In a February interview with the Russian daily Moskovskie Novosti, Armenian Prime Minister Tigran Sargsyan came up with another argument against Customs Union membership – that Armenia has a more liberal trade regime than any of the union’s three member states and lacks vast natural resources.

Yerevan is reluctant to acknowledge publicly another, arguably more important reason: joining the Russian-led union would essentially preclude the signing of a comprehensive Association Agreement between Armenia and the European Union. A key element of that agreement is the creation of a “deep and comprehensive free trade area,” which envisages not only the lifting of all trade barriers, but also harmonization of Armenian and EU economic laws and regulations. A spokesperson for Catherine Ashton, the EU’s foreign and security policy chief, told RFE/RL in December 2012 that Armenian entry into the Moscow-led Customs Union “would not be compatible” with the Association Agreement.

The Armenian government has since continued to express strong interest in concluding its association talks with the EU in time for a planned November 2013 summit in Vilnius on the EU’s Eastern Partnership program for six ex-Soviet states. Foreign Minister Edward Nalbandian discussed preparations for the summit at a March 7 meeting with Philippe Lefort, the EU’s special envoy for the South Caucasus.

The Armenian push for integration with the EU reflects President Sargsyan’s broader strategy of complementing the alliance with Russia with closer partnership with the West.

During his first term, Sargsyan earned plaudits in Western capitals for stepping up cooperation with the North Atlantic Treaty Organization and embarking on a US-backed rapprochement with Turkey. Analysts believe this is one reason why US President Barack Obama and other Western leaders congratulated him on his disputed reelection.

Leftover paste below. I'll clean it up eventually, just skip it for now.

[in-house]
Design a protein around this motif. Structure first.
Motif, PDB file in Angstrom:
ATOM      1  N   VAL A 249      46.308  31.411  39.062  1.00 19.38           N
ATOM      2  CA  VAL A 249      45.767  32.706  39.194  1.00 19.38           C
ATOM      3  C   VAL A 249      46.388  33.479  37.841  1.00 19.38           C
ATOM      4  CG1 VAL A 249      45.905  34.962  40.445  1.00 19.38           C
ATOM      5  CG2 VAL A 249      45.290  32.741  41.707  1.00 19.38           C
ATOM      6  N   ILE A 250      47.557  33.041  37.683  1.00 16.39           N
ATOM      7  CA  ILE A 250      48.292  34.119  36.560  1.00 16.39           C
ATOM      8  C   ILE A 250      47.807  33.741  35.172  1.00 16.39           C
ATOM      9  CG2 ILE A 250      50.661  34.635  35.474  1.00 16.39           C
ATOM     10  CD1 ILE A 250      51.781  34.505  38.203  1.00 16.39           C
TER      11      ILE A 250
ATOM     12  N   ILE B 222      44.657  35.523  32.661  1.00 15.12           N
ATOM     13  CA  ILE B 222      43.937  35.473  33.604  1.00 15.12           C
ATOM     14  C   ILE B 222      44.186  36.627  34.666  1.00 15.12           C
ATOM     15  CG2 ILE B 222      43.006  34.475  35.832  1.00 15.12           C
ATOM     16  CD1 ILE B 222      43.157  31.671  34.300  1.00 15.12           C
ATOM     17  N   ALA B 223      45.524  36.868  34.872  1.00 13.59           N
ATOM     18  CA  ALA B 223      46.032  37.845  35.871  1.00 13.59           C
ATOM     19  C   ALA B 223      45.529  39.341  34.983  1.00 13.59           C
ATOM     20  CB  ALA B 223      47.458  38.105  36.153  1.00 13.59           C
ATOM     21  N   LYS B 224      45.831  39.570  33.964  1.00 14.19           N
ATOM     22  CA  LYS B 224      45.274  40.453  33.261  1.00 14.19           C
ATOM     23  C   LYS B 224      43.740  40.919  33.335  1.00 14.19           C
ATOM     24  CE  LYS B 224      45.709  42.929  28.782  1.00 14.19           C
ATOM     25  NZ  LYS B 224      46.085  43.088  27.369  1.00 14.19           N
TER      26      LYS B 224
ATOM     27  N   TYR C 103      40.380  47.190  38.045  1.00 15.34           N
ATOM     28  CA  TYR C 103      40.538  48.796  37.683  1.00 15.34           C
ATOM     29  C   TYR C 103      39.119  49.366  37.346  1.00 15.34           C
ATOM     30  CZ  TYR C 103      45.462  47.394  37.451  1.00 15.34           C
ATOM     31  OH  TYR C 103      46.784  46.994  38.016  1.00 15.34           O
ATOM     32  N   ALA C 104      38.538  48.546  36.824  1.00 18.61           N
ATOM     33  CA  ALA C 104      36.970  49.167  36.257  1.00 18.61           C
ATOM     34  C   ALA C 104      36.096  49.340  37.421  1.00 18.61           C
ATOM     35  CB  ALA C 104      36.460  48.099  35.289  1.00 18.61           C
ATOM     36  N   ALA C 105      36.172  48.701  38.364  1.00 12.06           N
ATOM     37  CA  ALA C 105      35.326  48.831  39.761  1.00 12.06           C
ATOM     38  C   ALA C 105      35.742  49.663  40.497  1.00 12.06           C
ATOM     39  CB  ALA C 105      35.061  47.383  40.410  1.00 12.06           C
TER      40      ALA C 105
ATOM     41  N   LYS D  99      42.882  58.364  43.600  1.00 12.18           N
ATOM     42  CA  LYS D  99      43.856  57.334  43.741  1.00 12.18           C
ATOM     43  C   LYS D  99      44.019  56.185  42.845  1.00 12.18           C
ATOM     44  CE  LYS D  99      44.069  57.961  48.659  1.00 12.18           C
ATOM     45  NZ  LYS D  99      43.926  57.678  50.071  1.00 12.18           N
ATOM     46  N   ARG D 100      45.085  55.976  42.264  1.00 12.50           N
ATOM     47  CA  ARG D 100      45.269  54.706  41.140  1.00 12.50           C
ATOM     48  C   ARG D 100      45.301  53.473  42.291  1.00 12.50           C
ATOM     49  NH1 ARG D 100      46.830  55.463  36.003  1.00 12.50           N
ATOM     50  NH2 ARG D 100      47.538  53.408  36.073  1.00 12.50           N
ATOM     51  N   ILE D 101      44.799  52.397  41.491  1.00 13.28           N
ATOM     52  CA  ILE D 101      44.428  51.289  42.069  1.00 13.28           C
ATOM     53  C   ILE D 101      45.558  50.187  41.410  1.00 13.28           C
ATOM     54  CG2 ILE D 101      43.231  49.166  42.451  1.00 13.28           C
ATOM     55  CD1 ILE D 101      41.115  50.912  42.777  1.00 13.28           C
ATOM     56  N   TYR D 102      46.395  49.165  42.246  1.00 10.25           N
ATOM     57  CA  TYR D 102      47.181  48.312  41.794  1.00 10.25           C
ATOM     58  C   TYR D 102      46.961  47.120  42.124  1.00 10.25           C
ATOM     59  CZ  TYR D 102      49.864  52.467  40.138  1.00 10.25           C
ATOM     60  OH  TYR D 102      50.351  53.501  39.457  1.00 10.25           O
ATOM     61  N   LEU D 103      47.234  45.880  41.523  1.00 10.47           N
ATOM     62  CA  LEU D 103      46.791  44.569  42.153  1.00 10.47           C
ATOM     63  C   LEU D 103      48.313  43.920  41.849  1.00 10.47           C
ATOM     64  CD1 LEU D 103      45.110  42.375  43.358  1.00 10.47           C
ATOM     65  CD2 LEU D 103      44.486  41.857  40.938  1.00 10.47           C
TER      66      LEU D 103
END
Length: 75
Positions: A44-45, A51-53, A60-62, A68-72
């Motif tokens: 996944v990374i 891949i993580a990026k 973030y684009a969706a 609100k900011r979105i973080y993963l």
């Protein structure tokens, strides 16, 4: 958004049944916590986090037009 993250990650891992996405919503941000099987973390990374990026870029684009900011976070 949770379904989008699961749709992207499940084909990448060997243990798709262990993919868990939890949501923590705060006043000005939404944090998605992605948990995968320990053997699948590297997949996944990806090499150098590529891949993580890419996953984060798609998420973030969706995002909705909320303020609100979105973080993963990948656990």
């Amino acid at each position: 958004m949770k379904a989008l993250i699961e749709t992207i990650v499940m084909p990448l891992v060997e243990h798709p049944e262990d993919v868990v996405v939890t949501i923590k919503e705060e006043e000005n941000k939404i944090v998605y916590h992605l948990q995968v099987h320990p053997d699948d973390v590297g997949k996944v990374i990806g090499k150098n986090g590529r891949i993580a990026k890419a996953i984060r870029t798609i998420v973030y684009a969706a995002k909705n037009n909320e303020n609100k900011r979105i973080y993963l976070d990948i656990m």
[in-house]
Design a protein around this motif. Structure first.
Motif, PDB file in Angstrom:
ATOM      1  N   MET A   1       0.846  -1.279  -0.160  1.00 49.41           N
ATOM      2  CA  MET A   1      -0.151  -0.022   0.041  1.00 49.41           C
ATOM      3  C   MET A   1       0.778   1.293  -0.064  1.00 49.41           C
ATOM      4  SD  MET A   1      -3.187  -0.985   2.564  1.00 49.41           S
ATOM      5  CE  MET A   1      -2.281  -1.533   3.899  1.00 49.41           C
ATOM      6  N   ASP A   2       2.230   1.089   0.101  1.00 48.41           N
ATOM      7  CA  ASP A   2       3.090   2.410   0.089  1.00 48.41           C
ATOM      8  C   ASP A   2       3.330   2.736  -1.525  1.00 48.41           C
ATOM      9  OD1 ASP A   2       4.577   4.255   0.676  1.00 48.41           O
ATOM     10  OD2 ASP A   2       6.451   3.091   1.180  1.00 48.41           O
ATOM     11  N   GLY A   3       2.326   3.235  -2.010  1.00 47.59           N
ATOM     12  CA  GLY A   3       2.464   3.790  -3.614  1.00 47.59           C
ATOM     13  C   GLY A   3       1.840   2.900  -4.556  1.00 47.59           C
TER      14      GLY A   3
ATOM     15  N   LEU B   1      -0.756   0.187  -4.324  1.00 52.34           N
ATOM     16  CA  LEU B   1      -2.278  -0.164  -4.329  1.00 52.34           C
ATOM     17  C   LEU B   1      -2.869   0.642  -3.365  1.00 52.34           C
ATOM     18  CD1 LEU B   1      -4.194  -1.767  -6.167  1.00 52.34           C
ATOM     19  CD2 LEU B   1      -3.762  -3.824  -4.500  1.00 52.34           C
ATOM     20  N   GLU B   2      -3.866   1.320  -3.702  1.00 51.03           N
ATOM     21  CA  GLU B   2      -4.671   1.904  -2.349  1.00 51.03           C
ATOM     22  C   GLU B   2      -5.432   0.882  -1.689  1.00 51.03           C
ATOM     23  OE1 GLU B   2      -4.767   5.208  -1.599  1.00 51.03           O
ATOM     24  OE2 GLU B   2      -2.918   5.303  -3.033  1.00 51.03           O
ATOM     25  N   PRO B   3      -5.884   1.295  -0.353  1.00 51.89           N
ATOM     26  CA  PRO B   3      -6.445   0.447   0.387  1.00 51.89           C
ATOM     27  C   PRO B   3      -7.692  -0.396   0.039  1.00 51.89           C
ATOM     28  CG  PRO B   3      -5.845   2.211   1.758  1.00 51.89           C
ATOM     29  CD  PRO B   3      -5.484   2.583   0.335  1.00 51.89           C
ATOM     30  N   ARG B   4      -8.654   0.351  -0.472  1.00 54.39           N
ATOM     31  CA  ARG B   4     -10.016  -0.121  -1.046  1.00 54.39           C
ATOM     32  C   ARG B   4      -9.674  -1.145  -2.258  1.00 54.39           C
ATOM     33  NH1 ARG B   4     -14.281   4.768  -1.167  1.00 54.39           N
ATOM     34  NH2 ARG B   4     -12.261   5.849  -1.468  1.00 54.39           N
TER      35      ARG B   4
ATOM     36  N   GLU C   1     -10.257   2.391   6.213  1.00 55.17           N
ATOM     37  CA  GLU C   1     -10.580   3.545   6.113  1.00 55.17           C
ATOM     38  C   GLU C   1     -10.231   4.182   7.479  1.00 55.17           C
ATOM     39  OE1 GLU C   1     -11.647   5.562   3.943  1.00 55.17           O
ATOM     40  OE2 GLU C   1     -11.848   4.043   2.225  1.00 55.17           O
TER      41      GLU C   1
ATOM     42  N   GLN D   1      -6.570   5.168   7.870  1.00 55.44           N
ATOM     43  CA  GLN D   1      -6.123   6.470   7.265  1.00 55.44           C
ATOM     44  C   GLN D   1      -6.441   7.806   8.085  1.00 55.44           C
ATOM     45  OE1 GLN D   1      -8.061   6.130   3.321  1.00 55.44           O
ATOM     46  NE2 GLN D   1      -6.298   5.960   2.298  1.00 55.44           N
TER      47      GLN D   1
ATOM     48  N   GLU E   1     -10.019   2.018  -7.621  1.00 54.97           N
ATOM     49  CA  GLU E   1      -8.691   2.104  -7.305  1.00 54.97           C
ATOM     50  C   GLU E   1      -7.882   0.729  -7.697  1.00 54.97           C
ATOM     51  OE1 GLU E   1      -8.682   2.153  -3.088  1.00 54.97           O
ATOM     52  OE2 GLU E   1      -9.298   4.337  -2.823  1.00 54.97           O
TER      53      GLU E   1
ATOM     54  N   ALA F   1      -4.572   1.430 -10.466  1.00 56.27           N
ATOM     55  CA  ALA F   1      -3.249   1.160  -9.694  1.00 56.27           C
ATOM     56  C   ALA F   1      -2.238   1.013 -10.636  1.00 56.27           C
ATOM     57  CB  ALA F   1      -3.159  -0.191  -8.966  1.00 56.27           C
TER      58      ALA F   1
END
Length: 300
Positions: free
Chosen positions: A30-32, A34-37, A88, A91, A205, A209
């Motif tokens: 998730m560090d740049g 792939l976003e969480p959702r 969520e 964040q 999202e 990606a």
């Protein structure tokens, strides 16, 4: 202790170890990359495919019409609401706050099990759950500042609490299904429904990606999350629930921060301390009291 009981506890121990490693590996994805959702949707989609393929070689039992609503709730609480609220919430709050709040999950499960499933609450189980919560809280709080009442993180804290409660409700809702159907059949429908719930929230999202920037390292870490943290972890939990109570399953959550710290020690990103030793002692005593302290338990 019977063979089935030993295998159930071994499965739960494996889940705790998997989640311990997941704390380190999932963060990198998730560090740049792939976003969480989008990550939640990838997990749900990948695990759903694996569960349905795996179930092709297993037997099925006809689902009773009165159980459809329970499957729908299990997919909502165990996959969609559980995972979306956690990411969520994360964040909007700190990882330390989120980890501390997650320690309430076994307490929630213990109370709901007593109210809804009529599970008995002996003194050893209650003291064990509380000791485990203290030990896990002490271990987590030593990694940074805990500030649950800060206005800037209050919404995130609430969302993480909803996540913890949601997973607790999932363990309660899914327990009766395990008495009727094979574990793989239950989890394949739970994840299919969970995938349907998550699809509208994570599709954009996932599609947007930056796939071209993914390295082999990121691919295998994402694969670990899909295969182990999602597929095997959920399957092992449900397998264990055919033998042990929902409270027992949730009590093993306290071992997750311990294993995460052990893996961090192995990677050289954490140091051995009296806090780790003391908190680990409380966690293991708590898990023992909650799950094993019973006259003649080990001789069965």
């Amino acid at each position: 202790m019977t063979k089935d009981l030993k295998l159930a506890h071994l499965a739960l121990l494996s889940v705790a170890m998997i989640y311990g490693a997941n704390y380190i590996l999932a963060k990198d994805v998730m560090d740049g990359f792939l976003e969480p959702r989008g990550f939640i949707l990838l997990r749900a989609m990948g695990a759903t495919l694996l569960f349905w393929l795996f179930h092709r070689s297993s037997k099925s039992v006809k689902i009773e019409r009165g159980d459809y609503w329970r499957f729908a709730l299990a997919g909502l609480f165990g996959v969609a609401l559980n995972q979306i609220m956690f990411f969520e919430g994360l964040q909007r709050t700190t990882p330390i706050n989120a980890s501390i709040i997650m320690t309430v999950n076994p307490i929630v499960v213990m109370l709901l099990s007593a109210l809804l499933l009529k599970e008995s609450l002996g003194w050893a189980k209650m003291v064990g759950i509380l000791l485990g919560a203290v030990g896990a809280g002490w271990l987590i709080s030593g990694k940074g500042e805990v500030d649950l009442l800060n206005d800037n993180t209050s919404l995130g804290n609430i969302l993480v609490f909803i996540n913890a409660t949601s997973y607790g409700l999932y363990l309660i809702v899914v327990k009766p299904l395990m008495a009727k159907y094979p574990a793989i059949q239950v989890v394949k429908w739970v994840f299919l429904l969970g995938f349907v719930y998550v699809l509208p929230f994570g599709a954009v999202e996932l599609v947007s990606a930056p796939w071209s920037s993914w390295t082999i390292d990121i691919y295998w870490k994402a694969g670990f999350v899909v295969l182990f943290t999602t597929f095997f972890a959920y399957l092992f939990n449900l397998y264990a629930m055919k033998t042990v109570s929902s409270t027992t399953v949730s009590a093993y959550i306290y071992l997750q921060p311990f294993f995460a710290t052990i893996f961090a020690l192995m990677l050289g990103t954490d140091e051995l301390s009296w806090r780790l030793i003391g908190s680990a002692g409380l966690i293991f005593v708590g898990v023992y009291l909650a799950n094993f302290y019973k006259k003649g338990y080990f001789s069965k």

Remarkably, there have been few indications of Russian discontent with this policy. Russian policy-makers might be safe in the knowledge that, with no solution to the conflict with Azerbaijan over Nagorno-Karabakh in sight, Armenia will remain heavily reliant on military ties with Russia in the foreseeable future.

Sargsyan was instrumental in securing a 2010 deal that extended the presence of Russian troops in Armenia until 2044, and Putin has responded accordingly.

In January, he authorized his government to sign a new Russian-Armenian defense accord that calls for joint arms manufacturing. Russia’s defense minister, Sergei Shoigu, and chief of the General Staff, Colonel General Valery Gerasimov, discussed the planned deal during subsequent trips to Armenia. Sargsyan thanked Putin on March 12 for “good progress” in defense cooperation.

But appearances can be deceiving, cautioned analyst Markarov.

“Armenia has been trying to circumvent the Customs Union, while favoring other, bilateral formats of cooperation with Russia,” he said. “It has to listen to Russia more than any other foreign power. But listening doesn’t mean always obeying.”

Editor's note: Emil Danielyan is a freelance journalist based in Yerevan.